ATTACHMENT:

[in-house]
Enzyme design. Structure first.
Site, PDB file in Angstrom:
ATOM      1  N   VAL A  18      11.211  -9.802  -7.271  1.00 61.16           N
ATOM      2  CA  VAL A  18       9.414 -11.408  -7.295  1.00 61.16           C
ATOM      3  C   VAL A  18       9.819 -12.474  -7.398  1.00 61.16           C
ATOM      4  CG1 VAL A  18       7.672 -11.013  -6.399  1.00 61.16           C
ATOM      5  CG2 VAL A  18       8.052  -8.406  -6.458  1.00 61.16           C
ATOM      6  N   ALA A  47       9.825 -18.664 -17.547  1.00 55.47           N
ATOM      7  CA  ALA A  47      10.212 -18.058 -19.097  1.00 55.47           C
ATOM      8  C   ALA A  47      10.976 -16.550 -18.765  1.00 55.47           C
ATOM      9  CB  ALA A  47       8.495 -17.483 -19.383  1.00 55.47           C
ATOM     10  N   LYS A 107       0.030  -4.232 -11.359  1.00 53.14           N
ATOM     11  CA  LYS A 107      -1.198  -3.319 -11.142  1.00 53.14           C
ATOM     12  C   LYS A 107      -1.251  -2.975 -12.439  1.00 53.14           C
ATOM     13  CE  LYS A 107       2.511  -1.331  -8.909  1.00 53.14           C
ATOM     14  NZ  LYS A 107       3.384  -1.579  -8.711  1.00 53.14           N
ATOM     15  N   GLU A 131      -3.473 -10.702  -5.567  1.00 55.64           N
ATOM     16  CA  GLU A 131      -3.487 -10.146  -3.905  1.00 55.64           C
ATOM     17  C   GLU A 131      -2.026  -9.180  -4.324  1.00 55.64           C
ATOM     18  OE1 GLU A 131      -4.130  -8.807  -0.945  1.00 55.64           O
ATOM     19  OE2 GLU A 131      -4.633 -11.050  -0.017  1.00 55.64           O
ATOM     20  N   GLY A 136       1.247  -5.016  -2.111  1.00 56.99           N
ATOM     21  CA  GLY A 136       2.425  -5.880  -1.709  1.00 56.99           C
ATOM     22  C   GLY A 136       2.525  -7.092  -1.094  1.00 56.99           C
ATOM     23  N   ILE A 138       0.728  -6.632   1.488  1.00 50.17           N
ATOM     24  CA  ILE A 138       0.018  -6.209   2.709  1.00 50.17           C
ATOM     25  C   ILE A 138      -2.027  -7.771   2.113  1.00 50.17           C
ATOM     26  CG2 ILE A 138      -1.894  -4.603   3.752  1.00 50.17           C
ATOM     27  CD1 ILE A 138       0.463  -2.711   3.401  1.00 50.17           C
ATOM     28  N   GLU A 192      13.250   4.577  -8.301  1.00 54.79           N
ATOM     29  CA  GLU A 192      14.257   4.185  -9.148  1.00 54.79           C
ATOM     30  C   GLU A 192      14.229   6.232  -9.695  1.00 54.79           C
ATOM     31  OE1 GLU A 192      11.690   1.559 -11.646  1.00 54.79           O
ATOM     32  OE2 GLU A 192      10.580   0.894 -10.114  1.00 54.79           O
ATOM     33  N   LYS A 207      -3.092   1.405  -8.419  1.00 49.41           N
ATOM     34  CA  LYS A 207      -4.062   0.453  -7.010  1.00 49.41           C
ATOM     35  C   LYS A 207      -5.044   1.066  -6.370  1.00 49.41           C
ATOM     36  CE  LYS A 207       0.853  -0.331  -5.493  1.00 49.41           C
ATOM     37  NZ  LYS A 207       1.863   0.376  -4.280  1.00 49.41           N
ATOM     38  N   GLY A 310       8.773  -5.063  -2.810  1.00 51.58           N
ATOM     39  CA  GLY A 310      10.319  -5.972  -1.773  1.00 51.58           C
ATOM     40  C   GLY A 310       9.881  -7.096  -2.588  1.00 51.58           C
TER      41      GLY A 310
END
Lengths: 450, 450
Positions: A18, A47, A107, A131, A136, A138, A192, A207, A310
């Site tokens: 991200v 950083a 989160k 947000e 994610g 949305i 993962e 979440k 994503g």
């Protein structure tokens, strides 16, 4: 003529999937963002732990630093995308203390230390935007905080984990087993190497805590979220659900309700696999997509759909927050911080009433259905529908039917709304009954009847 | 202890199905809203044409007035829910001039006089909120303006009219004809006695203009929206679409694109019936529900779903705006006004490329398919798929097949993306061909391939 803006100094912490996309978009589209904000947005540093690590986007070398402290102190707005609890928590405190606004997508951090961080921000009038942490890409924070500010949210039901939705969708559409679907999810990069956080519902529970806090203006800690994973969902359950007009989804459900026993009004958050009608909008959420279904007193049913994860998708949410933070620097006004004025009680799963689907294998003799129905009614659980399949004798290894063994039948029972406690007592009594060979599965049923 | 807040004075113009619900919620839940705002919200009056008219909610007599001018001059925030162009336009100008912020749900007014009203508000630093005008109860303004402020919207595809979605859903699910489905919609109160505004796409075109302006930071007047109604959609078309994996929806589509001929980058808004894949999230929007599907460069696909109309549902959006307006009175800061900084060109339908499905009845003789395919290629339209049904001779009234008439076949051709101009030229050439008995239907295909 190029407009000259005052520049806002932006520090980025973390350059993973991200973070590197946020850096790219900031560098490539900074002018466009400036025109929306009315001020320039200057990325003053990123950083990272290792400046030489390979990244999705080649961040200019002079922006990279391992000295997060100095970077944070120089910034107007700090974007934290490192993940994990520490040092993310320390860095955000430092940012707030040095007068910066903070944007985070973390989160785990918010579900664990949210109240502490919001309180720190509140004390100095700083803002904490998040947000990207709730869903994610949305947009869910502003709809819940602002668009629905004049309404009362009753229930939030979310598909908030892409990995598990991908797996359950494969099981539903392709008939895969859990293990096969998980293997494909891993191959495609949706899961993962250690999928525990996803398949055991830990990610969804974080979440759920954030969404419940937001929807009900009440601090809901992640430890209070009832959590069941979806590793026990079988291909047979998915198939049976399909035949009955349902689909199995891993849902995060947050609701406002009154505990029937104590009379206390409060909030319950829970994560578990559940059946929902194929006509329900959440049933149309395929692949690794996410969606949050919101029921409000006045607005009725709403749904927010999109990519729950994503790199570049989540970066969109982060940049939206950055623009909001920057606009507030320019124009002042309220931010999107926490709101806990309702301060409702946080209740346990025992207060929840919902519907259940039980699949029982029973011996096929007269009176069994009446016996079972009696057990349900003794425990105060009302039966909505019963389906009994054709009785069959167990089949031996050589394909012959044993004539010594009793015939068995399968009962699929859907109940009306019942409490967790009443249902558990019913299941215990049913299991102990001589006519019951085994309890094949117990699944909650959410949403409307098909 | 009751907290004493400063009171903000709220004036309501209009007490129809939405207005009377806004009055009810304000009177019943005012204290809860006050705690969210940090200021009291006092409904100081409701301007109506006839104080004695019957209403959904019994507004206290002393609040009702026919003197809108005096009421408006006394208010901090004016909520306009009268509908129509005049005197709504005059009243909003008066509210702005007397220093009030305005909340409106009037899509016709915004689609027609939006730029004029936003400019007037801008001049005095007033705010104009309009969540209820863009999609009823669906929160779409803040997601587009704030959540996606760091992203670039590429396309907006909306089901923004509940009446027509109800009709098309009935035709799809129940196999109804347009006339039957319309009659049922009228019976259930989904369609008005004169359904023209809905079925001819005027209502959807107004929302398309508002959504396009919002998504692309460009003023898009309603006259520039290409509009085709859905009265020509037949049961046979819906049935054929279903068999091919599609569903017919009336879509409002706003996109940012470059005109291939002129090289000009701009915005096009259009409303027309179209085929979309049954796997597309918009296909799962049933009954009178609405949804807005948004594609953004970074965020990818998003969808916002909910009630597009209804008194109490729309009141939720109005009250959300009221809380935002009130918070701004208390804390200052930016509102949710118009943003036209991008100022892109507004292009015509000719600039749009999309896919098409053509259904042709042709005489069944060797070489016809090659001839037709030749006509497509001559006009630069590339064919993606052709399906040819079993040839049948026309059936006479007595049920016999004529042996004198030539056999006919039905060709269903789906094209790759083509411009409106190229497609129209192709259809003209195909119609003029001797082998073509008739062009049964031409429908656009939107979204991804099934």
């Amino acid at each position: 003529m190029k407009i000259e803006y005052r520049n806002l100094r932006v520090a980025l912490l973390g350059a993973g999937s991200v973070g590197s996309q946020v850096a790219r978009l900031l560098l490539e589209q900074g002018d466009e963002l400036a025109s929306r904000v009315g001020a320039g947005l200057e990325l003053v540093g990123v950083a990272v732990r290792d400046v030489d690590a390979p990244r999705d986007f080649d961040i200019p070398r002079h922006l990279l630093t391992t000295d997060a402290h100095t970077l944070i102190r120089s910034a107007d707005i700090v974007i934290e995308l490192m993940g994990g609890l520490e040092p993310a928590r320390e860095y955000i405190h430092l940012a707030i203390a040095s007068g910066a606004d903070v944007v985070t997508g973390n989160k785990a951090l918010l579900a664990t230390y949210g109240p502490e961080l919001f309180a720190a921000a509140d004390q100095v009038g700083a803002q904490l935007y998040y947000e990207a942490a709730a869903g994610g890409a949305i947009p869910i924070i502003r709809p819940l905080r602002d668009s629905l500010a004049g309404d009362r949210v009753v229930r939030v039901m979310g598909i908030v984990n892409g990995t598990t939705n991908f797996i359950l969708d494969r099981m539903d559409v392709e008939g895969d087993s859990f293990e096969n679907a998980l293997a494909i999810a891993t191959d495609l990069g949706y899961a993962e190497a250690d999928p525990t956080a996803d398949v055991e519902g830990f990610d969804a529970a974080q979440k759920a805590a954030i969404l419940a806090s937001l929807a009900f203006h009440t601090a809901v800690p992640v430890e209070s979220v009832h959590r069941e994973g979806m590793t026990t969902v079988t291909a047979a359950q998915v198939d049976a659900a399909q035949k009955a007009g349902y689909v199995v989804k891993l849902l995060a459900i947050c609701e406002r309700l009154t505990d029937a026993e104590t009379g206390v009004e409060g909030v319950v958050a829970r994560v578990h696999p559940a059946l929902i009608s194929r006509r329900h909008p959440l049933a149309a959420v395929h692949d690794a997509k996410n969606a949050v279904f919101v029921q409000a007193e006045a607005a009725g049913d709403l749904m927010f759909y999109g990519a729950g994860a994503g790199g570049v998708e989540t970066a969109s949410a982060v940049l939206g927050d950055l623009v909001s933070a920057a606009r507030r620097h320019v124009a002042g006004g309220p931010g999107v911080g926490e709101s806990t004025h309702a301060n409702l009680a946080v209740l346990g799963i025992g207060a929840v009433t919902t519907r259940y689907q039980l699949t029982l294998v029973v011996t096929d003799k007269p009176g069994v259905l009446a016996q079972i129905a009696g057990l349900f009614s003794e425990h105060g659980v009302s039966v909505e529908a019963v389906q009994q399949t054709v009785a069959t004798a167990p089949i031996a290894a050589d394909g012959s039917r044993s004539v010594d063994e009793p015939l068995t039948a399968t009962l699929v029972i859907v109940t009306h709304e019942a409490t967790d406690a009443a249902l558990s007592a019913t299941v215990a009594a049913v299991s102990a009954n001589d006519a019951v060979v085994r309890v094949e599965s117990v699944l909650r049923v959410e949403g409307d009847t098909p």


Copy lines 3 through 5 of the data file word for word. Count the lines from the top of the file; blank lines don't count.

Site, PDB file in Angstrom:
ATOM      1  N   VAL A  18      11.211  -9.802  -7.271  1.00 61.16           N
ATOM      2  CA  VAL A  18       9.414 -11.408  -7.295  1.00 61.16           C